Research and Advances

Proving termination with multiset orderings

A common tool for proving the termination of programs is the well-founded set, a set ordered in such a way as to admit no infinite descending sequences. The basic approach is to find a termination function that maps the values of the program variables into some well-founded set, such that the value of the termination function is repeatedly reduced throughout the computation. All too often, the termination functions required are difficult to find and are of a complexity out of proportion to the program under consideration. Multisets (bags) over a given well-founded set S are sets that admit multiple occurrences of elements taken from S. The given ordering on S induces an ordering on the finite multisets over S. This multiset ordering is shown to be well-founded. The multiset ordering enables the use of relatively simple and intuitive termination functions in otherwise difficult termination proofs. In particular, the multiset ordering is used to prove the termination of production systems, programs defined in terms of sets of rewriting rules.


Author Archives

Research and Advances

Is “sometime” sometimes better than “always”?: intermittent assertions in proving program correctness

This paper explores a technique for proving the correctness and termination of programs simultaneously. This approach, the intermittent-assertion method, involves documenting the program with assertions that must be true at some time when control passes through the corresponding point, but that need not be true every time. The method, introduced by Burstall, promises to provide a valuable complement to the more conventional methods. The intermittent-assertion method is presented with a number of examples of correctness and termination proofs. Some of these proofs are markedly simpler than their conventional counterparts. On the other hand, it is shown that a proof of correctness or termination by any of the conventional techniques can be rephrased directly as a proof using intermittent assertions. Finally, it is shown how the intermittent-assertion method can be applied to prove the validity of program transformations and the correctness of continuously operating programs.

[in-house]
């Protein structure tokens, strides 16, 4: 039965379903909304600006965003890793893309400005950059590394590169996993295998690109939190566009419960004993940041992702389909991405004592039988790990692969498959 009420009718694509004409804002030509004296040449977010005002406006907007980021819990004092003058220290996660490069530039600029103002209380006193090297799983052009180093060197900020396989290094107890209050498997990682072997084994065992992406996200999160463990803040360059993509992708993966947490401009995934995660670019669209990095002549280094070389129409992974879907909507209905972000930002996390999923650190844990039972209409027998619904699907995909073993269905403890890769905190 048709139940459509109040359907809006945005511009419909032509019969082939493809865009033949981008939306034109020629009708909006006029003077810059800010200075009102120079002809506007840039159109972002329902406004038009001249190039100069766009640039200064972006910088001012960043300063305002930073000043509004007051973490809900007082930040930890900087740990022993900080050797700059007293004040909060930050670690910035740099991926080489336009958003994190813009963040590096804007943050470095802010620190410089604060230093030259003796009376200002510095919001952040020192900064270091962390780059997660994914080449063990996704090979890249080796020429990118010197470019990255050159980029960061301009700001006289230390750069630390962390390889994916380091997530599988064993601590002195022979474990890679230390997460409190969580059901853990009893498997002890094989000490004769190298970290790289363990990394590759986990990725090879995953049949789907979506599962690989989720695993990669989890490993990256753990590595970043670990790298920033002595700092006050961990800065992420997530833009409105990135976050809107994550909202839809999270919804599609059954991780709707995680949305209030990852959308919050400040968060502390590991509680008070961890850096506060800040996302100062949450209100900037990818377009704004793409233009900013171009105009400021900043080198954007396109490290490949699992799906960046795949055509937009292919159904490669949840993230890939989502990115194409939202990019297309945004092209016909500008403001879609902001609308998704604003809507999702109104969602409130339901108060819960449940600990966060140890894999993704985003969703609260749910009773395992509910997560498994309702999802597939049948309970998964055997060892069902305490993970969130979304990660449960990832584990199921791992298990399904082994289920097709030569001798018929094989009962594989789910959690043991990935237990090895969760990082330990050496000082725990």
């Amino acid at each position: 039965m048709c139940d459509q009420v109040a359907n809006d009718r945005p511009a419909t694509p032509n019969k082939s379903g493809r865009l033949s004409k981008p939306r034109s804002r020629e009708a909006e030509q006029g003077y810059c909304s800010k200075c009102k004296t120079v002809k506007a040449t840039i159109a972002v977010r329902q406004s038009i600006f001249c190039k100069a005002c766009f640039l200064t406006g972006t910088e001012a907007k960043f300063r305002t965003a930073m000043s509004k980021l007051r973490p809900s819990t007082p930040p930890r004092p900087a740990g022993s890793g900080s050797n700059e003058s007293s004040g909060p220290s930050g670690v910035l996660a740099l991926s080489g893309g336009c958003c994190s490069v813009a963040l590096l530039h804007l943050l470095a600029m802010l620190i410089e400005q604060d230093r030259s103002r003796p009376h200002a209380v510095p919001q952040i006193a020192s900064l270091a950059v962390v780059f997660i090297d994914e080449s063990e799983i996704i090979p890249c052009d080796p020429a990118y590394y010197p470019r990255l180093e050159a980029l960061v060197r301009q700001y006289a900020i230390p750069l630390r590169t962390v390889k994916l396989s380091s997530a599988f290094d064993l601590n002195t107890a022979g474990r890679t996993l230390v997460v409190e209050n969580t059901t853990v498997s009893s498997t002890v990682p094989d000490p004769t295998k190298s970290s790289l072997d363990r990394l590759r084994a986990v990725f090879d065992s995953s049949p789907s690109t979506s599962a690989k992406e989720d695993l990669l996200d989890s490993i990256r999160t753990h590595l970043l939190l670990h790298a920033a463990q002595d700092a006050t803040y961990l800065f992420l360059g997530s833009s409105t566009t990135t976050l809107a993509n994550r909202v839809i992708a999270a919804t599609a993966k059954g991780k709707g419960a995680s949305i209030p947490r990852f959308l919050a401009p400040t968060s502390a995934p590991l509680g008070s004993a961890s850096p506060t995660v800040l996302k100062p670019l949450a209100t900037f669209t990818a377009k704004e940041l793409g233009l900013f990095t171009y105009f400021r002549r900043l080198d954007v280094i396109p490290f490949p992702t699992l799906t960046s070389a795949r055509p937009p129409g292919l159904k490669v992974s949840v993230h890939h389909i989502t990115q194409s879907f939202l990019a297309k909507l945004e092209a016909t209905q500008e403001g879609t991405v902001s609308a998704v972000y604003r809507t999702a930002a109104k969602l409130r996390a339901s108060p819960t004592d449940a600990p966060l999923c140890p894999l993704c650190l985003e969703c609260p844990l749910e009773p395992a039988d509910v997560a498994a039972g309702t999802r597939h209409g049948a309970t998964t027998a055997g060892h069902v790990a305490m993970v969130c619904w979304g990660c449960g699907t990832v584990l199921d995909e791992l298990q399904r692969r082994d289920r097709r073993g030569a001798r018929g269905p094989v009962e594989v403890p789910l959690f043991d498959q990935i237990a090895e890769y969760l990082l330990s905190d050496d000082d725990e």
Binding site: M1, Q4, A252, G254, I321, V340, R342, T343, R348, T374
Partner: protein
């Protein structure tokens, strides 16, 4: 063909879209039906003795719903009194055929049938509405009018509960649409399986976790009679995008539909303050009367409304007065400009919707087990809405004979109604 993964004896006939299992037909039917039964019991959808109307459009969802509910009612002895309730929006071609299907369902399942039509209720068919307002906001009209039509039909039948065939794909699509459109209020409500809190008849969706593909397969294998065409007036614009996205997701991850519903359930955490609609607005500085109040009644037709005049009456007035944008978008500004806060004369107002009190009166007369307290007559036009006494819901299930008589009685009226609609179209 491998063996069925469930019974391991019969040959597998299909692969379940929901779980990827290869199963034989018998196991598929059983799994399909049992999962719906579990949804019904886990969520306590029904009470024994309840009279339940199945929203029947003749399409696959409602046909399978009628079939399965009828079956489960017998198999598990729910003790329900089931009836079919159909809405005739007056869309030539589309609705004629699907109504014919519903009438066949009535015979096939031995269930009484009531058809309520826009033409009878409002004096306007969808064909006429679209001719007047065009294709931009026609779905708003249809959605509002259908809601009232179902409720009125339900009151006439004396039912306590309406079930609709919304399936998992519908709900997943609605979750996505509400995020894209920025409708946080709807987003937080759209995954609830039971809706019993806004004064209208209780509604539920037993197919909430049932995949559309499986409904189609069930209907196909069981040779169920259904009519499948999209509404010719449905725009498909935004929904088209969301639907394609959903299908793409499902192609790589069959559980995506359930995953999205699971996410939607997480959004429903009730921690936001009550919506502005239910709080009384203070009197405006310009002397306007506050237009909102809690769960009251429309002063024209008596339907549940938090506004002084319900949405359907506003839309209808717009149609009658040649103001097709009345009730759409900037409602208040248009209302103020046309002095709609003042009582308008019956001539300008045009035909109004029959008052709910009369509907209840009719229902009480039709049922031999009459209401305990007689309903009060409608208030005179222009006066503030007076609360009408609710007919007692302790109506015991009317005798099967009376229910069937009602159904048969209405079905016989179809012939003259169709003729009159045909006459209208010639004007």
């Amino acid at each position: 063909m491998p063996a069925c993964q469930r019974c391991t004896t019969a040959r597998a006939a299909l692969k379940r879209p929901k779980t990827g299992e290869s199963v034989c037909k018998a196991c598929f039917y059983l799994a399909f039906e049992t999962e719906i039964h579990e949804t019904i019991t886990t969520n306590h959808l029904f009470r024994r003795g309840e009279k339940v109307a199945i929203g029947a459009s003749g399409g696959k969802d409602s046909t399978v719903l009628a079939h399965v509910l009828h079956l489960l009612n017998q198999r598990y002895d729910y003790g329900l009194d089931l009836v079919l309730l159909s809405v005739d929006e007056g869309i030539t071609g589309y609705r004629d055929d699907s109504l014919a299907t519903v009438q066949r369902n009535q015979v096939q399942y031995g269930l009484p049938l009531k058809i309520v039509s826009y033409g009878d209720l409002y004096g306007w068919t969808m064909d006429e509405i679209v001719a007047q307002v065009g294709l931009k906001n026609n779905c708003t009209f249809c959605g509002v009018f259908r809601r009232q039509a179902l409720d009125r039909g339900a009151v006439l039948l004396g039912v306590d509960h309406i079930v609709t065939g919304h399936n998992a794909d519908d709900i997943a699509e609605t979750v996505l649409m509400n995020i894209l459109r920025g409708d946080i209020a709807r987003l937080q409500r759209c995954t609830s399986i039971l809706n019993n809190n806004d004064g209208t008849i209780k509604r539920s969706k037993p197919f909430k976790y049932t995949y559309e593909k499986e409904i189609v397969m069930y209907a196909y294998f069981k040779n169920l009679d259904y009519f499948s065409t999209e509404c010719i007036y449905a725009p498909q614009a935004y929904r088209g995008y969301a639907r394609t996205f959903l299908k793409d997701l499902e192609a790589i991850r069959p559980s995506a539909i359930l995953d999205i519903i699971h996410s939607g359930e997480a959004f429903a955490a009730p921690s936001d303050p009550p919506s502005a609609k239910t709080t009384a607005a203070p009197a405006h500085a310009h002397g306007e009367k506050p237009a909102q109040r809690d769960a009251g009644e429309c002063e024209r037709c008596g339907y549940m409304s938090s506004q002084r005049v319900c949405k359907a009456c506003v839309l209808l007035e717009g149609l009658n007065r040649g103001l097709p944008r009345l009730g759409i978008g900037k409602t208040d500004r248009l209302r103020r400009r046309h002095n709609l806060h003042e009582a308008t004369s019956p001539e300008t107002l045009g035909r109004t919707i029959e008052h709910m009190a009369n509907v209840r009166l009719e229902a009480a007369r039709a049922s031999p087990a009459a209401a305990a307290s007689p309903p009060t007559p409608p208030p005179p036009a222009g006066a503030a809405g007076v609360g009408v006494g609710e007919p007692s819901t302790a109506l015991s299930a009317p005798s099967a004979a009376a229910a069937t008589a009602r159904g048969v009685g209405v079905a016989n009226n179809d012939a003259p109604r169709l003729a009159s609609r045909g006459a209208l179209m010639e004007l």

Research and Advances

The optimal approach to recursive programs

The classical fixedpoint approach toward recursive programs suggests choosing the “least defined fixedpoint” as the most appropriate solution to a recursive program. A new approach is described which introduces an “optimal fixedpoint,” which, in contrast to the least defined fixedpoint, embodies the maximal amount of valuable information embedded in the program. The practical implications of this approach are discussed and techniques for proving properties of optimal fixedpoints are given. The presentation is informal, with emphasis on examples.
Research and Advances

Logical analysis of programs

Most present systems for verification of computer programs are incomplete in that intermediate inductive assertions must be provided manually by the user, termination is not proven, and incorrect programs are not treated. As a unified solution to these problems, this paper suggests conducting a logical analysis of programs by using invariants which express what is actually occurring in the program. The first part of the paper is devoted to techniques for the automatic generation of invariants. The second part provides criteria for using the invariants to check simultaneously for correctness (including termination) or incorrectness. A third part examines the implications of the approach for the automatic diagnosis and correction of logical errors.
Research and Advances

Inductive methods for proving properties of programs

There are two main purposes in this paper: first, clarification and extension of known results about computation of recursive programs, with emphasis on the difference between the theoretical and practical approaches; second, presentation and examination of various known methods for proving properties of recursive programs. Discussed in detail are two powerful inductive methods, computational induction and structural induction, including examples of their applications.
Research and Advances

Fixpoint approach to the theory of computation

Following the fixpoint theory of Scott, the semantics of computer programs are defined in terms of the least fixpoints of recursive programs. This allows not only the justification of all existing verification techniques, but also their extension to the handling, in a uniform manner of various properties of computer programs, including correctness, termination, and equivalence.
Research and Advances

Toward automatic program synthesis

An elementary outline of the theorem-proving approach to automatic program synthesis is given, without dwelling on technical details. The method is illustrated by the automatic construction of both recursive and iterative programs operating on natural numbers, lists, and trees. In order to construct a program satisfying certain specifications, a theorem induced by those specifications is proved, and the desired program is extracted from the proof. The same technique is applied to transform recursively defined functions into iterative programs, frequently with a major gain in efficiency. It is emphasized that in order to construct a program with loops or with recursion, the principle of mathematical induction must be applied. The relation between the version of the induction rule used and the form of the program constructed is explored in some detail.

Shape the Future of Computing

ACM encourages its members to take a direct hand in shaping the future of the association. There are more ways than ever to get involved.

Get Involved